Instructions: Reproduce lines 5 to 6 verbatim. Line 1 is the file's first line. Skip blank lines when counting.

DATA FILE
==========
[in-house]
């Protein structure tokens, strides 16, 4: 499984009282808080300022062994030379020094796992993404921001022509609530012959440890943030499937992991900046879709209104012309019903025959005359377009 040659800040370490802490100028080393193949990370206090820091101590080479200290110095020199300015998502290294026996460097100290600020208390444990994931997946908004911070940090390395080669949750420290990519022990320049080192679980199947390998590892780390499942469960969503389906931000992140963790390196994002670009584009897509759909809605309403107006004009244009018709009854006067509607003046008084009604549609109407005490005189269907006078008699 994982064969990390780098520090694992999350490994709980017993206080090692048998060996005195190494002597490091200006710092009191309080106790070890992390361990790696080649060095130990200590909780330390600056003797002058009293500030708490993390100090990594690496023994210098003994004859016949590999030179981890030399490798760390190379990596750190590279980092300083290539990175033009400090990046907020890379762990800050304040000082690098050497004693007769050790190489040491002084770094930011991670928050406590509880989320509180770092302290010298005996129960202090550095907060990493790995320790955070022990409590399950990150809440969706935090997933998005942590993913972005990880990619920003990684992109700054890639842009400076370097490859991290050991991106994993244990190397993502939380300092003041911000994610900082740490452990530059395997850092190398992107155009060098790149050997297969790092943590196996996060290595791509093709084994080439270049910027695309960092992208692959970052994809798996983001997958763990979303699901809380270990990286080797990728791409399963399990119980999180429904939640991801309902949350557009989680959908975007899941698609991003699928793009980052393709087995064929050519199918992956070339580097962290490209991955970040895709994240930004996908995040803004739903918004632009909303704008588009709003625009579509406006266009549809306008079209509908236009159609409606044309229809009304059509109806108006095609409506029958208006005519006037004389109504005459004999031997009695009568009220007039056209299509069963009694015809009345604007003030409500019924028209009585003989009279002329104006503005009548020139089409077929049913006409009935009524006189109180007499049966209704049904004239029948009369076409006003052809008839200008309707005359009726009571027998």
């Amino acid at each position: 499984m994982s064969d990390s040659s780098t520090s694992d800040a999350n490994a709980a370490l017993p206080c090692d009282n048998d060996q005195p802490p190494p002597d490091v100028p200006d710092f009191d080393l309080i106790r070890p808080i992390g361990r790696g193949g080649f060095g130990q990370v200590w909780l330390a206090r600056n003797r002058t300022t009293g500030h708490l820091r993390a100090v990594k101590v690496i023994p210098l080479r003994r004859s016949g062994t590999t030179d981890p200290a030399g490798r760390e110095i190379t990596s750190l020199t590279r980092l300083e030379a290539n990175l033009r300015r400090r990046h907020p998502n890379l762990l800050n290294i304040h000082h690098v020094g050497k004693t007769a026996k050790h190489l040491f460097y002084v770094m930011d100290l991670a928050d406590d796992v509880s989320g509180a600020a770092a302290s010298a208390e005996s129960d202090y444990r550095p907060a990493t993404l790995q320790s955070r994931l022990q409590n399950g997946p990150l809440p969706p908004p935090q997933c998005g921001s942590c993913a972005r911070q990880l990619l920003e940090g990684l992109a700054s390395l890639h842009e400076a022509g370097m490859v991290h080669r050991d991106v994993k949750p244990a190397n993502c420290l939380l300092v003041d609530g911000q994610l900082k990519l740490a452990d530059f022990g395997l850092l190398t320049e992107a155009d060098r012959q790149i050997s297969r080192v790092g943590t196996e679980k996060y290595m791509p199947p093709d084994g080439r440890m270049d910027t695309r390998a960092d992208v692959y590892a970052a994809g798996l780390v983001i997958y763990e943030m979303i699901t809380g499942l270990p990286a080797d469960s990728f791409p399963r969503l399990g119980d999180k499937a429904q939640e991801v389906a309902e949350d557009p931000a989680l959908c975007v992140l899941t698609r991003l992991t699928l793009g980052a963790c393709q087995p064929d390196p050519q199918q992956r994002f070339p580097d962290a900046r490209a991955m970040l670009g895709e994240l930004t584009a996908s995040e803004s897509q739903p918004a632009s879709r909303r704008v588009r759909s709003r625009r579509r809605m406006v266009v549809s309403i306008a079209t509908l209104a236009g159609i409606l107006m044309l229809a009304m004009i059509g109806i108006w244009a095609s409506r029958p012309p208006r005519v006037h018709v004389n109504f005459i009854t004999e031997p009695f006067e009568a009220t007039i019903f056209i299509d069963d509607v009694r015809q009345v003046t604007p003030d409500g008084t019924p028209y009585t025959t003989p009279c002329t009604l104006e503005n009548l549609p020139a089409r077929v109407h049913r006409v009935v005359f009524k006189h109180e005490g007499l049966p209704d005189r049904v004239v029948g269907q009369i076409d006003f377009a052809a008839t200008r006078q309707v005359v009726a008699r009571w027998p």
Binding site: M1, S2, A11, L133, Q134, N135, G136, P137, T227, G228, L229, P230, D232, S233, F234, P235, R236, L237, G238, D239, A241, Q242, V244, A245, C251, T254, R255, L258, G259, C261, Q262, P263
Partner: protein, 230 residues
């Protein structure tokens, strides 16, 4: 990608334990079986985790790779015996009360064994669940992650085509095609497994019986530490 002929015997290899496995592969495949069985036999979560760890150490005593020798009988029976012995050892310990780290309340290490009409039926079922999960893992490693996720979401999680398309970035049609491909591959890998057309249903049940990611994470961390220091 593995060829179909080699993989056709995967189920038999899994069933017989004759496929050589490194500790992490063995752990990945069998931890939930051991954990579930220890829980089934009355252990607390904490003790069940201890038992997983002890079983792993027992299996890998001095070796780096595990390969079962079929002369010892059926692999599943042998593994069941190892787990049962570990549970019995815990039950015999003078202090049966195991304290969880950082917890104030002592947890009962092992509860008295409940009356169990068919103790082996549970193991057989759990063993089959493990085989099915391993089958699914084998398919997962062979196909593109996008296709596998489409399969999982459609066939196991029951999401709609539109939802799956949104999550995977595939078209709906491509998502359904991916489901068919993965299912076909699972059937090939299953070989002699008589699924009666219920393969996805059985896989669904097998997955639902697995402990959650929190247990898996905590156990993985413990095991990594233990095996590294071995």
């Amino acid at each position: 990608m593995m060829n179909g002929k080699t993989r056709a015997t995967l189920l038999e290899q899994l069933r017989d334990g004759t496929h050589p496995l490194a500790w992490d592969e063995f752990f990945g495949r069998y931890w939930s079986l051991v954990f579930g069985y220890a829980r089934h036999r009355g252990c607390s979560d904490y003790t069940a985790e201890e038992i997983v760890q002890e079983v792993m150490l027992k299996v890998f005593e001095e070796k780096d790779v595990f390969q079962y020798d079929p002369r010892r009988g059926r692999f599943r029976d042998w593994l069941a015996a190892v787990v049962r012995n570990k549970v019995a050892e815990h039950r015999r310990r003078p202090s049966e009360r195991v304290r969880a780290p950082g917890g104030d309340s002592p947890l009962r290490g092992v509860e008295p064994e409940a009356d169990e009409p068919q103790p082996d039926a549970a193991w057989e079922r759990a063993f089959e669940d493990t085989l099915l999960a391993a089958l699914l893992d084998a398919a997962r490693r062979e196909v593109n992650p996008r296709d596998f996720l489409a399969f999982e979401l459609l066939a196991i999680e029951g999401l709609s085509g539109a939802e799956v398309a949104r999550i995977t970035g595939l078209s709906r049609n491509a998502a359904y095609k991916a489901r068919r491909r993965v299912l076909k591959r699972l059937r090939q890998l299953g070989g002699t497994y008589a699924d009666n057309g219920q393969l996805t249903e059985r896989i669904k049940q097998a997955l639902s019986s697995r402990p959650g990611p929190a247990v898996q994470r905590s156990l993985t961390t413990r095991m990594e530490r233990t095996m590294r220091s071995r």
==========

Partner: protein, 230 residues
């Protein structure tokens, strides 16, 4: 990608334990079986985790790779015996009360064994669940992650085509095609497994019986530490 002929015997290899496995592969495949069985036999979560760890150490005593020798009988029976012995050892310990780290309340290490009409039926079922999960893992490693996720979401999680398309970035049609491909591959890998057309249903049940990611994470961390220091 593995060829179909080699993989056709995967189920038999899994069933017989004759496929050589490194500790992490063995752990990945069998931890939930051991954990579930220890829980089934009355252990607390904490003790069940201890038992997983002890079983792993027992299996890998001095070796780096595990390969079962079929002369010892059926692999599943042998593994069941190892787990049962570990549970019995815990039950015999003078202090049966195991304290969880950082917890104030002592947890009962092992509860008295409940009356169990068919103790082996549970193991057989759990063993089959493990085989099915391993089958699914084998398919997962062979196909593109996008296709596998489409399969999982459609066939196991029951999401709609539109939802799956949104999550995977595939078209709906491509998502359904991916489901068919993965299912076909699972059937090939299953070989002699008589699924009666219920393969996805059985896989669904097998997955639902697995402990959650929190247990898996905590156990993985413990095991990594233990095996590294071995």